Today's post comes from my good friend Ryan Callaghan of First Lite. Fist Lite is a maker of next to skin and base layer products comprised of Merino wool. Visit www.firstlite.com to learn why First Lite is what is going to make the difference on your next hunting adventure. This past September I was lucky enough to put an arrow through one of the largest cow elk I've ever seen. After feeding the camp for a few nights I ended up with over 300lbs of boned out elk in my refrigerator ready to start cutting. Due to a hectic lifestyle I kept the meat cutting simple, cutting as many steaks as possible. Everything else (I keep all the fat) goes into a sack and gets ground. Loins and tenderloins stay whole. Looking at the condition of this particular cow I decided to take the briskets whole and go big on S. Patties with corned elk - something I hadn't yet attempted. To cut a long story short I will never leave a brisket to burger again.
water 1 gal
kosher salt 2cups
pickling spices 1 jar
Bay leaves 5
Garlic 1 head
raw cane sugar 1 cup
Bring all of this to a boil then let cool to room temp. This was enough to do one large brisket (5-7 lbs) and one smaller 2-3 lb brisket. The meat needs to be totally submerged, you can use something to hold the meat below the briney surface or go fancy and vacuum seal your brisket in with the brine. Let sit for 4-6 days depending on the size of your meat. You heard it, I said size of your meat.
Preparing to cook, I like to rinse the brisket under the tap then place in your pressure cooker and fill with cold water. Let this sit for an hour to flush some of the salt from the brisket you can repeat this process or skip it all together depending on how spot on you feel the brine is. While this sits strain all the floating goodness from your brine and let stand by until your ready to cook. Pull the brisket from the water drain then add the leftover pickling spice and garlic from the brine to your cooker with the brisket and enough water to cover by 2 inches.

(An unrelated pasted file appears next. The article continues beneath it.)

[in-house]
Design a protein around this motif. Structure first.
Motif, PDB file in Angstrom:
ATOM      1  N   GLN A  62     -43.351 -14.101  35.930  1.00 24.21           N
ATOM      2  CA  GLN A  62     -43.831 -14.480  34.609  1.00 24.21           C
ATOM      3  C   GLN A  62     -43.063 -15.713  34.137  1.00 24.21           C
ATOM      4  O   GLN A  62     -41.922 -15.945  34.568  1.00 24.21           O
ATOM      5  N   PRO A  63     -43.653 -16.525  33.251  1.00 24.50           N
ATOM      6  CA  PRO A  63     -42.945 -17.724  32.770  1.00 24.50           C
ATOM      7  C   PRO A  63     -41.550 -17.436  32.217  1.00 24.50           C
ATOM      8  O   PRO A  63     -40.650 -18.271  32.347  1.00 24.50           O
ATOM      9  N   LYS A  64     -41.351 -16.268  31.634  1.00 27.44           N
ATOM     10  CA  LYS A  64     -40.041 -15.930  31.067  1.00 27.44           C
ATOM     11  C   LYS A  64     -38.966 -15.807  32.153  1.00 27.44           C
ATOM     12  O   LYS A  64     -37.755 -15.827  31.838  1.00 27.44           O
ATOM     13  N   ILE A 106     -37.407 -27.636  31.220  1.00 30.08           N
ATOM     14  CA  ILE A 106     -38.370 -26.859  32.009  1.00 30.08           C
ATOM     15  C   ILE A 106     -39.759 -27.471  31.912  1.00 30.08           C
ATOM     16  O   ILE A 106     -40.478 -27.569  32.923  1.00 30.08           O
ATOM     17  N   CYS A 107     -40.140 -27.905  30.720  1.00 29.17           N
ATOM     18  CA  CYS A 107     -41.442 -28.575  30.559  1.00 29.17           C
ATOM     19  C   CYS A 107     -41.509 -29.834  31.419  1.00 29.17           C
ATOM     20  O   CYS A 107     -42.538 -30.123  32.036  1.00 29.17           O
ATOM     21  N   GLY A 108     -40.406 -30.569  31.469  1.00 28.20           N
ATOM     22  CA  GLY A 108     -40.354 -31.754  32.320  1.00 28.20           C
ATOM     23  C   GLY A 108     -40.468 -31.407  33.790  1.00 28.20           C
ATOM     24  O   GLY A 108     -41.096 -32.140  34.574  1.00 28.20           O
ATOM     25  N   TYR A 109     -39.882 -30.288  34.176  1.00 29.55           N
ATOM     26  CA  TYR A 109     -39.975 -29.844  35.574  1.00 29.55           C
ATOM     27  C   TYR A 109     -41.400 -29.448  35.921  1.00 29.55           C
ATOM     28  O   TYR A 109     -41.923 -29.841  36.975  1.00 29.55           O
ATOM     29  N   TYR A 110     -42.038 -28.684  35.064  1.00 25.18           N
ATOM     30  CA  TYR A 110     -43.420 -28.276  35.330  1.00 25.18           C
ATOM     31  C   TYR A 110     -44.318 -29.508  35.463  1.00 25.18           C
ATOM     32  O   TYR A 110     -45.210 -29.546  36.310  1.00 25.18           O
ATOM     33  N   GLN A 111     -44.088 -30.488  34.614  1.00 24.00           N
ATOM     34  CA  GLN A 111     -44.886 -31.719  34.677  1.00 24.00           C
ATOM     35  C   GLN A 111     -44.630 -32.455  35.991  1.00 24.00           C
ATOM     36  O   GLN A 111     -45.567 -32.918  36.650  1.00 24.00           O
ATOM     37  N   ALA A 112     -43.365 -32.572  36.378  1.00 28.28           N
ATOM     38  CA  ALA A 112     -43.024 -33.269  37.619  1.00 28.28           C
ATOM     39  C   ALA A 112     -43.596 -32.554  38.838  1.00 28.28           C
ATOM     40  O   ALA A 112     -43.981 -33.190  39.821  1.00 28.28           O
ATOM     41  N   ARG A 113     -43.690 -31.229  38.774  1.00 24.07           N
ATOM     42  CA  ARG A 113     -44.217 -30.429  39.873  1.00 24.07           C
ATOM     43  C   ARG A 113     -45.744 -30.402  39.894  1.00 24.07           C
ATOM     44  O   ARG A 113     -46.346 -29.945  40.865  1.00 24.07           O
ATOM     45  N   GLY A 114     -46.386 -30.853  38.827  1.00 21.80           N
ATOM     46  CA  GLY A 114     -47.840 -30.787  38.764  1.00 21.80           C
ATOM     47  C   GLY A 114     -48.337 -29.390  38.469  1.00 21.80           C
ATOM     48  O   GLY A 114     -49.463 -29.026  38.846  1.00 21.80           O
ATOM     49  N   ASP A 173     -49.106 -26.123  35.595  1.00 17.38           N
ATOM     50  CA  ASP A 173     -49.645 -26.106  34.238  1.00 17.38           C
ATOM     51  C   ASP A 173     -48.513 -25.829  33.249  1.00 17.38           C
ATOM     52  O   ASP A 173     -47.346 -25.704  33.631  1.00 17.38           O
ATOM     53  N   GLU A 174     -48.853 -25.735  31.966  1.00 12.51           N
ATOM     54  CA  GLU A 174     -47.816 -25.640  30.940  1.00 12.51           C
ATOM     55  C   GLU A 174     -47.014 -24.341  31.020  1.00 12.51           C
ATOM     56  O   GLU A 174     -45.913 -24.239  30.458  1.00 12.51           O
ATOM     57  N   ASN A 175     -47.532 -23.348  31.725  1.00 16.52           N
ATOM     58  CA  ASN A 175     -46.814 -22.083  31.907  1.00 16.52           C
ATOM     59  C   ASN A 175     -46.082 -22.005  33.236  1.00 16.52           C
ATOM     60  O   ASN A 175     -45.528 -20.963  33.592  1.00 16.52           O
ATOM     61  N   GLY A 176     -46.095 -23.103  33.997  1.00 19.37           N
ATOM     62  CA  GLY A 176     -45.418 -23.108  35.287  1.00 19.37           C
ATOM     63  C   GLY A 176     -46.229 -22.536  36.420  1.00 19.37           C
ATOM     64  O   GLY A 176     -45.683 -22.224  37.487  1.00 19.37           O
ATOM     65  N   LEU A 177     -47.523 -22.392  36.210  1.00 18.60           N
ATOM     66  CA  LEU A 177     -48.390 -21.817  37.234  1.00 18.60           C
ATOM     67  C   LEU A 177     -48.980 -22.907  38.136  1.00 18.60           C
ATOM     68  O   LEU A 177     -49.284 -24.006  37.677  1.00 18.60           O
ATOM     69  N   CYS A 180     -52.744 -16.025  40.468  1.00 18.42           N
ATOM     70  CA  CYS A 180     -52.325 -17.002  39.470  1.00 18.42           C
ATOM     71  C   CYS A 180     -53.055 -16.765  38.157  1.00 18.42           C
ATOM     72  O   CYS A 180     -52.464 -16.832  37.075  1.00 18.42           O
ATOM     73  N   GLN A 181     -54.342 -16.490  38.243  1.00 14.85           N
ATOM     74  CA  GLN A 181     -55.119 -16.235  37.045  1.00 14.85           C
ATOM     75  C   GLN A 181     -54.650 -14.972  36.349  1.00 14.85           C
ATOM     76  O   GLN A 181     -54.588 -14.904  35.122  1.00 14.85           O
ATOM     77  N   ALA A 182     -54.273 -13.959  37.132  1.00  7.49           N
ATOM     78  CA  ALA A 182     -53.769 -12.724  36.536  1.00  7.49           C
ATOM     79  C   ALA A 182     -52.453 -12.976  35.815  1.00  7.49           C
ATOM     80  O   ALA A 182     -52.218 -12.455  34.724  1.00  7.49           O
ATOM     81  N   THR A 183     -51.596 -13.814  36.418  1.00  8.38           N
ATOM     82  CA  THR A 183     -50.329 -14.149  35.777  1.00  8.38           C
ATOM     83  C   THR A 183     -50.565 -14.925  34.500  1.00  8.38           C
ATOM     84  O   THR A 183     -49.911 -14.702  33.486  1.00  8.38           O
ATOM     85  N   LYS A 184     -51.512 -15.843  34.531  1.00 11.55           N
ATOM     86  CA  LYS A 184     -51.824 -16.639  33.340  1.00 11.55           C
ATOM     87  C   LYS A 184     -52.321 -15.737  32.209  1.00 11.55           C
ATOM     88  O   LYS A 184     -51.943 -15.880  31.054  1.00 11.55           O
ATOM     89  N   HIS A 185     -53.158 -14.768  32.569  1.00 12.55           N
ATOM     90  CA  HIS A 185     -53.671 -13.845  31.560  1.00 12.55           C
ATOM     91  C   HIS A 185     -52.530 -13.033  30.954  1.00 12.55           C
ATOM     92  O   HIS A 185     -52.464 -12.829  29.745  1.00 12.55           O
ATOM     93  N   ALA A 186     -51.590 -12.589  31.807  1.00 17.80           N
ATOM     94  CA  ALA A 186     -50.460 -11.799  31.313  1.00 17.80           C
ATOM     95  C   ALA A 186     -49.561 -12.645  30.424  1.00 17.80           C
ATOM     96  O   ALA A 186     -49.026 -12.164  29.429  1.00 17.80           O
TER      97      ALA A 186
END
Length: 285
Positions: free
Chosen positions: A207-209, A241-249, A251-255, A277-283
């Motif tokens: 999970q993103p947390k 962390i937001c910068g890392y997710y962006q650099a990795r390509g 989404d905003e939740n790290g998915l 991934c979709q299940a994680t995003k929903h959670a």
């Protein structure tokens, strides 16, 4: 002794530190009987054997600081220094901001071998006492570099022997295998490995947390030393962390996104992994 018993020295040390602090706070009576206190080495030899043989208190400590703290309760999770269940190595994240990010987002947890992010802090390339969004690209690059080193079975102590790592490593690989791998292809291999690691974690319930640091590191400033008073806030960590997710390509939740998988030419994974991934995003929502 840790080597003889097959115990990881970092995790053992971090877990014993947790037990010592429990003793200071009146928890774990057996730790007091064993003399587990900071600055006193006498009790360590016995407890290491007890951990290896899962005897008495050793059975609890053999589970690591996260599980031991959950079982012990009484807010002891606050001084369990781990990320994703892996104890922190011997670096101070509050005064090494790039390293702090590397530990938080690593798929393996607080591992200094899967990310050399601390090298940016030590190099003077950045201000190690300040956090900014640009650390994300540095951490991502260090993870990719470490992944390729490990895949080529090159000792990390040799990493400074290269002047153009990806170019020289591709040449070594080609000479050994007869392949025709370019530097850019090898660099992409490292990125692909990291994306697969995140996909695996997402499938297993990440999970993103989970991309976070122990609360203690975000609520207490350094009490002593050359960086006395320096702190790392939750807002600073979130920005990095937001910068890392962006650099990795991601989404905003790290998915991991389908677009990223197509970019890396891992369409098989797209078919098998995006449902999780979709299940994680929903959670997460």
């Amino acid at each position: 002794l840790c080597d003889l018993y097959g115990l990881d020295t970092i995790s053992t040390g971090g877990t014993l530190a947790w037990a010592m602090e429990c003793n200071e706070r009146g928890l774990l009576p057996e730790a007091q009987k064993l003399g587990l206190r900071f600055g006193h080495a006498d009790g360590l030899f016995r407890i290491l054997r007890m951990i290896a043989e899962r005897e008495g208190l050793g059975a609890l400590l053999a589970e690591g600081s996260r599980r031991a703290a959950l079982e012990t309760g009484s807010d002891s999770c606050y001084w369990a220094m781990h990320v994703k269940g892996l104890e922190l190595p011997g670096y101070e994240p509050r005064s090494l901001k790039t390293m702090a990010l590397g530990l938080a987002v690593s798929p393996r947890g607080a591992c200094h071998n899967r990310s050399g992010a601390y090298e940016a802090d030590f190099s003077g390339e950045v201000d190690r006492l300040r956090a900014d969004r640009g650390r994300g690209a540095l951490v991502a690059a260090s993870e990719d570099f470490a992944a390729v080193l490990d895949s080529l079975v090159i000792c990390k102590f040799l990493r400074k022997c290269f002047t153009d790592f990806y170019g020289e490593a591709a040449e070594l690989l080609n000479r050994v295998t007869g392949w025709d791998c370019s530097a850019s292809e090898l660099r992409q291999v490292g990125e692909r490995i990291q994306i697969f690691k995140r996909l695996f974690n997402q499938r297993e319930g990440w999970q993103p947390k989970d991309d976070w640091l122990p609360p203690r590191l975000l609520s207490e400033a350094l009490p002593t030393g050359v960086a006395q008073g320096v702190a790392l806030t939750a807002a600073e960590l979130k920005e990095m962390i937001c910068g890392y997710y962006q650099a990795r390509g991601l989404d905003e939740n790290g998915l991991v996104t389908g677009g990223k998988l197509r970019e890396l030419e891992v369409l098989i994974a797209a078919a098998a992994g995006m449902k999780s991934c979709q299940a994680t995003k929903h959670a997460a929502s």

Cook at pressure 15 psi 20 minutes for 2-3 lb brisket, I cooked for 20 then dropped the pressure and added halved potatoes and quartered onions then rolled the pressure back up for another 6 minutes and let the pot sit for 20 minutes off the heat before dumping the pressure.
Flavor was amazing but a touch on the dry side. The big brisket 5-7 lbs I will cook to 30 and let the pot lose pressure naturally which will add an additional 30 minutes to the over all cook time.
If you do not own a pressure cooker get yourself one. Or hopefully your mother will get you one for Christmas just like mine did.
Ignorance is bliss, I really look back on all of the ways I've prepared wild game and feel genuine pain over some of the ways Ive misused cuts or quite shamefully haven't used at all.
Thanks for reading and remember if you have any comments or questions to leave them right here at the FLog.